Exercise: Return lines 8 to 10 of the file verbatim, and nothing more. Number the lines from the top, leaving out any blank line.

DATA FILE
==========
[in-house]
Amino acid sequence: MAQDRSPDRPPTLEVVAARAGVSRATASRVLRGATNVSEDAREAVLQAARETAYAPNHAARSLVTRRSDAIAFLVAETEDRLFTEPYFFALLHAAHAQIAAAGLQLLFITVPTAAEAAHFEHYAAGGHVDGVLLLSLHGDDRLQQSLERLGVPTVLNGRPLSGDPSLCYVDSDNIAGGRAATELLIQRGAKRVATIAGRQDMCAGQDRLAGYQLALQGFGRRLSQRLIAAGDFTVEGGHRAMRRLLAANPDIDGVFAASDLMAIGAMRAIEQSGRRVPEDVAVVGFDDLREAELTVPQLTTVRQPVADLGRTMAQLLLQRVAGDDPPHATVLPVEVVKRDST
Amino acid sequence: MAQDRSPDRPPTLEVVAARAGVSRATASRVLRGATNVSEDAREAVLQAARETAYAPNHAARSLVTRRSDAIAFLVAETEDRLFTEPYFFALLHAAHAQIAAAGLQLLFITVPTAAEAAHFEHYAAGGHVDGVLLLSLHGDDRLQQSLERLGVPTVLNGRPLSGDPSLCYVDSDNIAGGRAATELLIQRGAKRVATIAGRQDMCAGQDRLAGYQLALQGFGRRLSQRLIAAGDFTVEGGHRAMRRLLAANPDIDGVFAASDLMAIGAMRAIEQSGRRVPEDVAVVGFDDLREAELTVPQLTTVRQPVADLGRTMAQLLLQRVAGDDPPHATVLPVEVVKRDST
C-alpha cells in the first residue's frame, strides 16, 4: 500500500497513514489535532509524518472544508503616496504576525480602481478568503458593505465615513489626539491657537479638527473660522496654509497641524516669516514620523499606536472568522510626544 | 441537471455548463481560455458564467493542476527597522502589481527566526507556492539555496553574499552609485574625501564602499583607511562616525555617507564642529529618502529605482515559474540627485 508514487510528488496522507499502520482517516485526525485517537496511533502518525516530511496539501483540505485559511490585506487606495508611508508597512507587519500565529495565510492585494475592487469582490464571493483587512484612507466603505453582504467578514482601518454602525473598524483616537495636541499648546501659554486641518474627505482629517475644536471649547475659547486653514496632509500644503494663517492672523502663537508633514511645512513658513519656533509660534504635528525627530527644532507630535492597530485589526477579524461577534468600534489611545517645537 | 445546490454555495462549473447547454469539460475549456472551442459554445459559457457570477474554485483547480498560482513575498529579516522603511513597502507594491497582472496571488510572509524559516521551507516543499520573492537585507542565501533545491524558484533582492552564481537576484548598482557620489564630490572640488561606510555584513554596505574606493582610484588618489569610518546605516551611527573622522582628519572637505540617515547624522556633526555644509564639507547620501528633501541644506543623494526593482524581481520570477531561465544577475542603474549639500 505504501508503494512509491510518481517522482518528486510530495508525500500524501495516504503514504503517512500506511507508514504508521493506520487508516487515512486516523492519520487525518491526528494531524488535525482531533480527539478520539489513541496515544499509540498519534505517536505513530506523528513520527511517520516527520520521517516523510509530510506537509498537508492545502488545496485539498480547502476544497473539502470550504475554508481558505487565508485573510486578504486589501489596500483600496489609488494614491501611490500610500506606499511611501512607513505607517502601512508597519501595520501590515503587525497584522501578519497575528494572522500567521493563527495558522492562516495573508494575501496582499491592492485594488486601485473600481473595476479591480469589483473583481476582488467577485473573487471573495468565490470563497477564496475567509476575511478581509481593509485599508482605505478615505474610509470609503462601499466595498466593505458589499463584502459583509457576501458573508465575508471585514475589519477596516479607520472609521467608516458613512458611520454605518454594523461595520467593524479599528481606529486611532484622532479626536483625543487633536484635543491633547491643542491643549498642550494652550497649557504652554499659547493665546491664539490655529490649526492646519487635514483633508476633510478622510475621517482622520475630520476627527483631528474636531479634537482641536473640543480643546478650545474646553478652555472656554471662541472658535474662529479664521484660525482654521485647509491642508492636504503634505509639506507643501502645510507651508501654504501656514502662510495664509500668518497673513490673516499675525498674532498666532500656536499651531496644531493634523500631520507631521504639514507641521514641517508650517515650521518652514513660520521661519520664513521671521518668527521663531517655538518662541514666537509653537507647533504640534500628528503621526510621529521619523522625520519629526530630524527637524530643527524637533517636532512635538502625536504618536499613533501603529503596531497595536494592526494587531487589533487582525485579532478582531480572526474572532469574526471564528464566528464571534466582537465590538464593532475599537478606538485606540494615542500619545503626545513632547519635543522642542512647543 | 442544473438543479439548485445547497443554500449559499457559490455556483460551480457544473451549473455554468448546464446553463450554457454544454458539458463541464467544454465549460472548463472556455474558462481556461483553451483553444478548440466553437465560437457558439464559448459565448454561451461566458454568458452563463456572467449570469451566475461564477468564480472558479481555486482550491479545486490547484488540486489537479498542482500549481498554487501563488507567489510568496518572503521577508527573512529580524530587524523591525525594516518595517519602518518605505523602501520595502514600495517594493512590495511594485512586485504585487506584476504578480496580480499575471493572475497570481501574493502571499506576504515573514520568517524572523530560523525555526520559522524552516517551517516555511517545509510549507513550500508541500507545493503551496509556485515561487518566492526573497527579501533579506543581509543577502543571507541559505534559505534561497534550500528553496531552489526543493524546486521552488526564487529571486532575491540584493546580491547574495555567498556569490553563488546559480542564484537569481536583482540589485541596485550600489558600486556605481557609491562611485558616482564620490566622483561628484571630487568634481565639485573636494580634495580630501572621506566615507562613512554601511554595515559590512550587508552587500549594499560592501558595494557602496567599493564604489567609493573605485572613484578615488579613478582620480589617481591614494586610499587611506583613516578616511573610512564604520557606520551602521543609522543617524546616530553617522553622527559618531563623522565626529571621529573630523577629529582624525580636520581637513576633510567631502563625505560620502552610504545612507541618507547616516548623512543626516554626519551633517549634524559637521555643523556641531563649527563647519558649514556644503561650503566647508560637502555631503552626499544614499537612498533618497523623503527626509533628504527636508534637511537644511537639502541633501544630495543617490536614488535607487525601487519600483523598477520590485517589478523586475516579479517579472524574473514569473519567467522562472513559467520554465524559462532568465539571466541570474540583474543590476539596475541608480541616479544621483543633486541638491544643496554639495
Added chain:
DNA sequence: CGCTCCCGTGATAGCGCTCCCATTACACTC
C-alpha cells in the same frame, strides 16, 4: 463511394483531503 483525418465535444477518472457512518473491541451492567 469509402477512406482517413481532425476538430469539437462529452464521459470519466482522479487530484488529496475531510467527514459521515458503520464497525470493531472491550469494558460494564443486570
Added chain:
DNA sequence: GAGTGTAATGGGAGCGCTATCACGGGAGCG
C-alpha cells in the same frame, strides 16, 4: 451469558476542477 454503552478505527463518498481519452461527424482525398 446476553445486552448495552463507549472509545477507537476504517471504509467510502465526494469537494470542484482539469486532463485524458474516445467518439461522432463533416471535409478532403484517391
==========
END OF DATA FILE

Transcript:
Added chain:
DNA sequence: GAGTGTAATGGGAGCGCTATCACGGGAGCG
C-alpha cells in the same frame, strides 16, 4: 451469558476542477 454503552478505527463518498481519452461527424482525398 446476553445486552448495552463507549472509545477507537476504517471504509467510502465526494469537494470542484482539469486532463485524458474516445467518439461522432463533416471535409478532403484517391